Little Toy Trains-Z gauge, HO gauge, and OO gauge

In the real world a railway that has a narrower then 1,435 mm is called a narrow gauge railway. Narrow gauge railways accommodate smaller radius curves, and are cheaper to build. They are often found in mountainous communities and in communities that don’t have enough traffic to justify the expense of building a standard gauge railway. Narrow gauge railway’s are often duplicated by toy trains.

The smallest gauge toy train available to toy train collectors is the Z gauge. The Z gauge operates on a track that is only 6.5 mm. The Z gauge was introduced by the Marklin Company in 1972, at the Nuremberg’s Toy Fair. The z gauge is so small that a layout can fit inside a standard briefcase. Some Z gauge engines weigh a little as 20 grams. It is very important that a Z gauge track be kept extremely clean, a little spot of dirt can stop the tiny locomotive in its tracks and gum up all the miniature working parts.

The most popular size toy train among toy train collectors is the HO scale trains. The train was first introduced to the market in the middle of the 1930’s but it did not enjoy immediate popularity. It wasn’t until the 1950’s that it started to attract the attention of toy train aficionados. Fans of toy trains started to realize that the the HO’s small size allowed them to add even more detail to their layouts.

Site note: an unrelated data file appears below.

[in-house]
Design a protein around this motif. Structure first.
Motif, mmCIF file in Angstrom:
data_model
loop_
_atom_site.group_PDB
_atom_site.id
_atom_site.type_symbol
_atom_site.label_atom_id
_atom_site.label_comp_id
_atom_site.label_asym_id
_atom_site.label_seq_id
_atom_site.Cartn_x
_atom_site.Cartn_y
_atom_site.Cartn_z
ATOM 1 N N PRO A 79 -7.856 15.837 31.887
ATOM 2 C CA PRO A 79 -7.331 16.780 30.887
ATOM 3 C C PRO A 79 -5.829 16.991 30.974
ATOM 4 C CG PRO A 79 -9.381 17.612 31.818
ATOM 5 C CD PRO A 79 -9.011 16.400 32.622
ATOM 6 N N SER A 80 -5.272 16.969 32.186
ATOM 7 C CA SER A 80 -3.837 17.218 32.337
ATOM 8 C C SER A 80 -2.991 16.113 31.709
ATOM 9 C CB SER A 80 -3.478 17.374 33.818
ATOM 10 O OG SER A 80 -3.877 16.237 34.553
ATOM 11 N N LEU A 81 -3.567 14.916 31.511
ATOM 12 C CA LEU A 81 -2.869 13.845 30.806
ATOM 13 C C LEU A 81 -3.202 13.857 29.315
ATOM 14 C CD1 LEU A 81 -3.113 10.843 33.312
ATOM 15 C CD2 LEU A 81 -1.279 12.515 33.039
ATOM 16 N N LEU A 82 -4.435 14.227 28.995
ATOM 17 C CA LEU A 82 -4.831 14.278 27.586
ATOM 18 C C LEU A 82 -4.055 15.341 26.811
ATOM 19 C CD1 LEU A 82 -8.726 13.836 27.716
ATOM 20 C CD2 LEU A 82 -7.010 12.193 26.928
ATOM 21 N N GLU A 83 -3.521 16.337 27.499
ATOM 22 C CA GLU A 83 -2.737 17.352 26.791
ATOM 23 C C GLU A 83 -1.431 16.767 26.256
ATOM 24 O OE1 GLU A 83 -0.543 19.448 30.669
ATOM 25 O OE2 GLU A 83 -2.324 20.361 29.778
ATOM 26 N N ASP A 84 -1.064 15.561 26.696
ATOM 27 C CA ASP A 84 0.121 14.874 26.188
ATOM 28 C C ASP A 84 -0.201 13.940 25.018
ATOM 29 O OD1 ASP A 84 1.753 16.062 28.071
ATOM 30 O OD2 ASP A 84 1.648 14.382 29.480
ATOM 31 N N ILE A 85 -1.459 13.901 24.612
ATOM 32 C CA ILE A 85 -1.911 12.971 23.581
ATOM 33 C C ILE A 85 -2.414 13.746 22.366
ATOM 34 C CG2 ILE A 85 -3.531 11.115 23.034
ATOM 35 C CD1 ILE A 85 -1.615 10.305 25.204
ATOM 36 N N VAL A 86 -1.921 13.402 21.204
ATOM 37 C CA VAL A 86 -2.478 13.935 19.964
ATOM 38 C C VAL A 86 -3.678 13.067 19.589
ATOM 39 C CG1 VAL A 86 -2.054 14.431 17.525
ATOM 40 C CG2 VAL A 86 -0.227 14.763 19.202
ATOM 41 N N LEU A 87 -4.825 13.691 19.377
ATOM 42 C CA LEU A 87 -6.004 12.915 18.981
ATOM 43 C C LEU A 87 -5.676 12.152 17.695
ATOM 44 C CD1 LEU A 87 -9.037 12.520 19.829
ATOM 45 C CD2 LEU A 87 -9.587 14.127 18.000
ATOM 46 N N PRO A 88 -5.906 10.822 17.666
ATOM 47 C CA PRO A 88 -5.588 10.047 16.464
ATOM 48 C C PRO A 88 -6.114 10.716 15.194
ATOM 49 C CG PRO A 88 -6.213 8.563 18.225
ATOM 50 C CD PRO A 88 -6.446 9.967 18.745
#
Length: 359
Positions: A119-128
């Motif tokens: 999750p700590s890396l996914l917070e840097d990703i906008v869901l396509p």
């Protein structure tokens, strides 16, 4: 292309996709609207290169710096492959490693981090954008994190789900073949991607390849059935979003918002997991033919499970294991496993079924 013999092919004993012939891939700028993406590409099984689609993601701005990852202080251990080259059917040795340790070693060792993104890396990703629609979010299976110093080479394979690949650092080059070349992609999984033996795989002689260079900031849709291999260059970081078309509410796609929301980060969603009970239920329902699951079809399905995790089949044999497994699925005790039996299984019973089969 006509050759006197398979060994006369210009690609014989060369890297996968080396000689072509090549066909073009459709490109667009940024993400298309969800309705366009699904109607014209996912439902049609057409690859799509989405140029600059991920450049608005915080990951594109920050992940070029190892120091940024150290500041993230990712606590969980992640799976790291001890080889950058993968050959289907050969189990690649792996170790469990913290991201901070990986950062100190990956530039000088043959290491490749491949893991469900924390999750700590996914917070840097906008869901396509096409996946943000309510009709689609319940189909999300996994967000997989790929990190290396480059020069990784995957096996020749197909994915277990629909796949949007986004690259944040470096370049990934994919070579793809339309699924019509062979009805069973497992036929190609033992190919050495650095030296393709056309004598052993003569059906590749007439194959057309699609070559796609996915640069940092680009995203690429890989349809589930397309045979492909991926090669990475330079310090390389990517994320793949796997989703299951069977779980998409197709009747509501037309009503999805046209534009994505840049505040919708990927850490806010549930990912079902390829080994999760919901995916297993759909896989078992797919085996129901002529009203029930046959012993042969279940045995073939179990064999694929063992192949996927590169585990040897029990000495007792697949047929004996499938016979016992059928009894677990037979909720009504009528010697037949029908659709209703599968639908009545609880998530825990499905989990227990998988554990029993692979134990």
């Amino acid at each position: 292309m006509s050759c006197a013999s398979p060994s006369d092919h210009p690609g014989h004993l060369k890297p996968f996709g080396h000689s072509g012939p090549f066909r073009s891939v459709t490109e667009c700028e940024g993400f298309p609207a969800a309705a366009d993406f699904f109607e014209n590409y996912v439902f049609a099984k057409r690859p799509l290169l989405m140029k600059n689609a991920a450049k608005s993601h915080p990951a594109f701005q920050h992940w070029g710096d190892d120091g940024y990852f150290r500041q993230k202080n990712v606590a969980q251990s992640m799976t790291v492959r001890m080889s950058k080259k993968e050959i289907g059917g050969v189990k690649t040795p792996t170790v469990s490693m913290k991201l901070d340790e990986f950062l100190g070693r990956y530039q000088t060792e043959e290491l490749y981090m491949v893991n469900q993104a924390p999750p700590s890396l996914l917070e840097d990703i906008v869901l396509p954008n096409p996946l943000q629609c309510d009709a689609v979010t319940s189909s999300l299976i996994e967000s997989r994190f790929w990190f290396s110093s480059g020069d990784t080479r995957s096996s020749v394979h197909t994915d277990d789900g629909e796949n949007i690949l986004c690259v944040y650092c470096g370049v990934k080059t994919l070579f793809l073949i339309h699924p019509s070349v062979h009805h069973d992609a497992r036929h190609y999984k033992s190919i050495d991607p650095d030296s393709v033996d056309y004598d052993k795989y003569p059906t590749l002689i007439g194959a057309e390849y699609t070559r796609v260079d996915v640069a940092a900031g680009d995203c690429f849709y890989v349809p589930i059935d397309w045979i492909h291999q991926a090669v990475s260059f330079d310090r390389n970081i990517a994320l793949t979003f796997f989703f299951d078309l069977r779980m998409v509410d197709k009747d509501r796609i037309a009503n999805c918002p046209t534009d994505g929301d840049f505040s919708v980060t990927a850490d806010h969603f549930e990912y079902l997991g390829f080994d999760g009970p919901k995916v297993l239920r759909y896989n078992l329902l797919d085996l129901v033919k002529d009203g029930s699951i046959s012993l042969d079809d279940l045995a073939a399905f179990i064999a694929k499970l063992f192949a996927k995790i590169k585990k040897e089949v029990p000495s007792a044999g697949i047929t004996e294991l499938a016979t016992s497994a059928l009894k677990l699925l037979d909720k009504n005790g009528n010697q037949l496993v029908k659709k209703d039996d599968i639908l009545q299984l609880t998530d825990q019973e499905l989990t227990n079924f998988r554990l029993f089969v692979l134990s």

HO gauge trains are typically less expensive then some of the other size train sets. It is a large enough scale that parents with small children don’t have to worry about the pieces getting swallowed.

The typical HO toy train runs on a two rail track that is powered by a direct current. Some collectors have designed HO layouts that have a radius of approximately eighteen inches. The eighteen inch radius models a full scale radius of one hundred and thirty feet. The small radius is so tight that in real life it is only duplicated by streetcars and light rail systems. The casual toy train collector generally uses a track that is made out of prefabricated snap together tracks, the same type of track is often used by exhibitors who move their layout from one show to another. Collectors who have permanent layouts generally prefer to use a track that is constructed of hand laid sections. Some little train enthusiast prefer a flex track that is compatible with a snap together track.

The popularity of the HO gauge toy train makes it easy for collectors to locate models and parts for their little train set. The HO gauge is approximately half the size of the O gauge.

In the United Kingdom the most popular gauge toy train is the OO gauge. The OO gauge was first introduced in 192 by the Bing company. It was called the Table Runway. A 16.5 mm gauge is used for the OO toy train.

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